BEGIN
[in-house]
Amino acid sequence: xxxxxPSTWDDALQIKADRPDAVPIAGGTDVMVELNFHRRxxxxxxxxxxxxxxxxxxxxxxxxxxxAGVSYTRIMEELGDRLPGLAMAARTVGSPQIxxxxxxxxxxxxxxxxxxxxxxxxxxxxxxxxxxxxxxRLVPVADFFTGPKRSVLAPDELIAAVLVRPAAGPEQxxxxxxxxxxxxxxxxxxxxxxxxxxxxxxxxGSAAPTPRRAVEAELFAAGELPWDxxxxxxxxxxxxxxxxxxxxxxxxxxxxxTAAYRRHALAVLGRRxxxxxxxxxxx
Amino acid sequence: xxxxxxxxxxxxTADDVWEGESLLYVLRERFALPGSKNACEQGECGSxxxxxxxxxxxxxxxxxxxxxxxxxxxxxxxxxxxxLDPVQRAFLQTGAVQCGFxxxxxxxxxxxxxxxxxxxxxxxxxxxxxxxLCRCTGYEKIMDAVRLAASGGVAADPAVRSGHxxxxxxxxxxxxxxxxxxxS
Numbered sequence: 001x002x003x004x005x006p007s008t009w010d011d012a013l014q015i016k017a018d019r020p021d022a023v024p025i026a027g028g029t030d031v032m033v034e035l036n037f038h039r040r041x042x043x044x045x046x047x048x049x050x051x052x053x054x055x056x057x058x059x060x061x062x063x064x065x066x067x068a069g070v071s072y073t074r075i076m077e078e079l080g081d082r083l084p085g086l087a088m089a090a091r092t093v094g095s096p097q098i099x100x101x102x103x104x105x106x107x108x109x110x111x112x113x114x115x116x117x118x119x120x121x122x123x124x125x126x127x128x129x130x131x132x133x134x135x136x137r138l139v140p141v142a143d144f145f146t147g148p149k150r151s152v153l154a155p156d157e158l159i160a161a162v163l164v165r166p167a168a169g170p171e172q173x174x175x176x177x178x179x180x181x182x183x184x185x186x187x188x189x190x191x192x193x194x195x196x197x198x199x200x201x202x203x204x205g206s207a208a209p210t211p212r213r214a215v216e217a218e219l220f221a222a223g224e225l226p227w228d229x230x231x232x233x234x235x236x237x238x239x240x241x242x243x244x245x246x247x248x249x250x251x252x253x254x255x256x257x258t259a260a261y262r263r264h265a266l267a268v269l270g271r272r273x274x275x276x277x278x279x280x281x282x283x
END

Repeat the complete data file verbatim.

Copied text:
[in-house]
Amino acid sequence: xxxxxPSTWDDALQIKADRPDAVPIAGGTDVMVELNFHRRxxxxxxxxxxxxxxxxxxxxxxxxxxxAGVSYTRIMEELGDRLPGLAMAARTVGSPQIxxxxxxxxxxxxxxxxxxxxxxxxxxxxxxxxxxxxxxRLVPVADFFTGPKRSVLAPDELIAAVLVRPAAGPEQxxxxxxxxxxxxxxxxxxxxxxxxxxxxxxxxGSAAPTPRRAVEAELFAAGELPWDxxxxxxxxxxxxxxxxxxxxxxxxxxxxxTAAYRRHALAVLGRRxxxxxxxxxxx
Amino acid sequence: xxxxxxxxxxxxTADDVWEGESLLYVLRERFALPGSKNACEQGECGSxxxxxxxxxxxxxxxxxxxxxxxxxxxxxxxxxxxxLDPVQRAFLQTGAVQCGFxxxxxxxxxxxxxxxxxxxxxxxxxxxxxxxLCRCTGYEKIMDAVRLAASGGVAADPAVRSGHxxxxxxxxxxxxxxxxxxxS
Numbered sequence: 001x002x003x004x005x006p007s008t009w010d011d012a013l014q015i016k017a018d019r020p021d022a023v024p025i026a027g028g029t030d031v032m033v034e035l036n037f038h039r040r041x042x043x044x045x046x047x048x049x050x051x052x053x054x055x056x057x058x059x060x061x062x063x064x065x066x067x068a069g070v071s072y073t074r075i076m077e078e079l080g081d082r083l084p085g086l087a088m089a090a091r092t093v094g095s096p097q098i099x100x101x102x103x104x105x106x107x108x109x110x111x112x113x114x115x116x117x118x119x120x121x122x123x124x125x126x127x128x129x130x131x132x133x134x135x136x137r138l139v140p141v142a143d144f145f146t147g148p149k150r151s152v153l154a155p156d157e158l159i160a161a162v163l164v165r166p167a168a169g170p171e172q173x174x175x176x177x178x179x180x181x182x183x184x185x186x187x188x189x190x191x192x193x194x195x196x197x198x199x200x201x202x203x204x205g206s207a208a209p210t211p212r213r214a215v216e217a218e219l220f221a222a223g224e225l226p227w228d229x230x231x232x233x234x235x236x237x238x239x240x241x242x243x244x245x246x247x248x249x250x251x252x253x254x255x256x257x258t259a260a261y262r263r264h265a266l267a268v269l270g271r272r273x274x275x276x277x278x279x280x281x282x283x